The World Wildlife Federation (WWF) is calling for South Africa to help animals
by better regulating laws and permit requirements that are already in place. The nation has one of the largest populations of rhinos in the world - nearly 2,000 black rhinos and more than 18,700 white rhinos, according to the WWF. Already this year, the BBC reports that 341 rhinos have been killed, which is seven more than were poached in the entirety of 2010. A number of the white rhino subspecies living in Africa, including the southern and northern white rhinos, are on the endangered species list, along with four subspecies of the black rhino.
"Since armed protection for rhinos in South African national parks is strong, poaching syndicates are likely to shift to countries with weaker enforcement power, including possibly Asian countries that may be caught off-guard," Carlos Drew, the global species program director for WWF, said in a statement, according to the news source.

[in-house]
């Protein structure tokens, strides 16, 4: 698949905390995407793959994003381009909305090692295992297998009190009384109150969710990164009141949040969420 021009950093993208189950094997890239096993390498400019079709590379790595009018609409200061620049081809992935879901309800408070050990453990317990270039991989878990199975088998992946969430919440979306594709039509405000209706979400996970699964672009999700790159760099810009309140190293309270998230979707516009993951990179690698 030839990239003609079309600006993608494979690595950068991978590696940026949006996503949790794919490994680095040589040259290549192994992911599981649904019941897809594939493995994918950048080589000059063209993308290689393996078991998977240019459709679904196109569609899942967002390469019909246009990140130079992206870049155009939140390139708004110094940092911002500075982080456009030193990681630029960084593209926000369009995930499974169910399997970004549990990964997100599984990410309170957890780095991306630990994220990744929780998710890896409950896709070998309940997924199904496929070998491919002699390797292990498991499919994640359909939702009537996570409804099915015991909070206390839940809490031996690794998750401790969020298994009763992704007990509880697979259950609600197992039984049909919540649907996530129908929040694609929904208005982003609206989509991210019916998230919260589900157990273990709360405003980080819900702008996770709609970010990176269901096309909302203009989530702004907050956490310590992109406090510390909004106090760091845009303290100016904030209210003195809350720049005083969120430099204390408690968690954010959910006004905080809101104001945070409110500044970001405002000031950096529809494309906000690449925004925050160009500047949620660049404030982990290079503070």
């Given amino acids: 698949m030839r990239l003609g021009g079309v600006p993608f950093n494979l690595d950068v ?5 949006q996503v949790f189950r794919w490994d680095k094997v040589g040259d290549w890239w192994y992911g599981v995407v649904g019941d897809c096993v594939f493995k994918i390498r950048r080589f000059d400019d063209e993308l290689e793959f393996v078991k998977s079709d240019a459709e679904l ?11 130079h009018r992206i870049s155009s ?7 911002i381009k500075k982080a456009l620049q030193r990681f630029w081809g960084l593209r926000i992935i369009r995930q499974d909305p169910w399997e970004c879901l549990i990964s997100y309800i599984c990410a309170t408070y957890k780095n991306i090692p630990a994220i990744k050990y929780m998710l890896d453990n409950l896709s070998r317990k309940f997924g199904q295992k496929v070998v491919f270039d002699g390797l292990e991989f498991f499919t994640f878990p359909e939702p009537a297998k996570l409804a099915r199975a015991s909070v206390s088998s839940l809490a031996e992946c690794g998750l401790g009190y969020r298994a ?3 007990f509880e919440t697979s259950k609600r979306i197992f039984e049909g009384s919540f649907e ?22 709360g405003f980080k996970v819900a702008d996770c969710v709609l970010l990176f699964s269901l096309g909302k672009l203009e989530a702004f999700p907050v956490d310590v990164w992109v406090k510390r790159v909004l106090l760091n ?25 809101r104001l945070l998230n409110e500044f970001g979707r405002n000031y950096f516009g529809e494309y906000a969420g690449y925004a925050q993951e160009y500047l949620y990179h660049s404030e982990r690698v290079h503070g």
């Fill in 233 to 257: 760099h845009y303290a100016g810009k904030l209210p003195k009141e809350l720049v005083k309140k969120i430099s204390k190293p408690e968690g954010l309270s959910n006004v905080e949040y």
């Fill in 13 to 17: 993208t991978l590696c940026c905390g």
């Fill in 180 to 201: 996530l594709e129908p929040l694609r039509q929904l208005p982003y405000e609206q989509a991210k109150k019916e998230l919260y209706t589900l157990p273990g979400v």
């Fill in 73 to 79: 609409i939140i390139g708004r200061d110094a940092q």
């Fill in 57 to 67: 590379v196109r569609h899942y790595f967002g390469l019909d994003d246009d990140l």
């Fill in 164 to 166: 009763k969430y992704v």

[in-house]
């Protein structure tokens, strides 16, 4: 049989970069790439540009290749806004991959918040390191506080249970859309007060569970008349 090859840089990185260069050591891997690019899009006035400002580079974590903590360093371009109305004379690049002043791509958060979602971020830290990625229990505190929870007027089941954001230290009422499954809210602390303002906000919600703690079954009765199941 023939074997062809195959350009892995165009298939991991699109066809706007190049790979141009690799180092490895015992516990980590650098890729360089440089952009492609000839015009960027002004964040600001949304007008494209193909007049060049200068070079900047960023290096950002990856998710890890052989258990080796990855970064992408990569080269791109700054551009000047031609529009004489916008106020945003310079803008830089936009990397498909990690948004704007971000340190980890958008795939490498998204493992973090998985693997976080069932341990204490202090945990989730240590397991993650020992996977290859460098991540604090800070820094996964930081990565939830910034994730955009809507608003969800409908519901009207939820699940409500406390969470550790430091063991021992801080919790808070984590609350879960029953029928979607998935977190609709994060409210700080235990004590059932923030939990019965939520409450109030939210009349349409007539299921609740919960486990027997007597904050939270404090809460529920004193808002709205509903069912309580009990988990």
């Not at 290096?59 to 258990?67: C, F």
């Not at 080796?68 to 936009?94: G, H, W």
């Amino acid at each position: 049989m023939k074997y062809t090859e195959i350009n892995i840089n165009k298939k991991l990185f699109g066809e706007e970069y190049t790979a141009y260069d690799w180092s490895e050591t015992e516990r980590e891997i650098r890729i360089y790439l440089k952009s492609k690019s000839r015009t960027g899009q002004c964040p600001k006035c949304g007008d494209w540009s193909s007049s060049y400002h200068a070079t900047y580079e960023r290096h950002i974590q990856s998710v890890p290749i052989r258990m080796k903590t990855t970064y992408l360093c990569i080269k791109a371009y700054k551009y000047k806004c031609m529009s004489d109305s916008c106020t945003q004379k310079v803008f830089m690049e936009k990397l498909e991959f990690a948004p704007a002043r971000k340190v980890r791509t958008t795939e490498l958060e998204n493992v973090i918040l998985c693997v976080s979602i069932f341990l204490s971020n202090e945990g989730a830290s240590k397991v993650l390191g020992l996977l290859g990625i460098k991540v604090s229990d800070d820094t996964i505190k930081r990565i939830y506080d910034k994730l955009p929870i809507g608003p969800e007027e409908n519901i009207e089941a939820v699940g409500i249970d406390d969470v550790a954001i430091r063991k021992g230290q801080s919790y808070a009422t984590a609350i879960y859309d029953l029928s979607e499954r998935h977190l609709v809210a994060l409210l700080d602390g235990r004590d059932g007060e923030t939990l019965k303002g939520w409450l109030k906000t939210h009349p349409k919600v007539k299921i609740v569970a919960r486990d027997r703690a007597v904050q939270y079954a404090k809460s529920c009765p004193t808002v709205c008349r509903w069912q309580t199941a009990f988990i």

The last known living rhino in Vietnam was found dead last week, with a bullet wound and its horn missing, according to East Coast Radio. This, coupled with the fact that rhino poaching is increasing in South Africa could spell disaster for these creatures unless steps are taken to save the animals by providing stricter regulations of the export of rhino horns.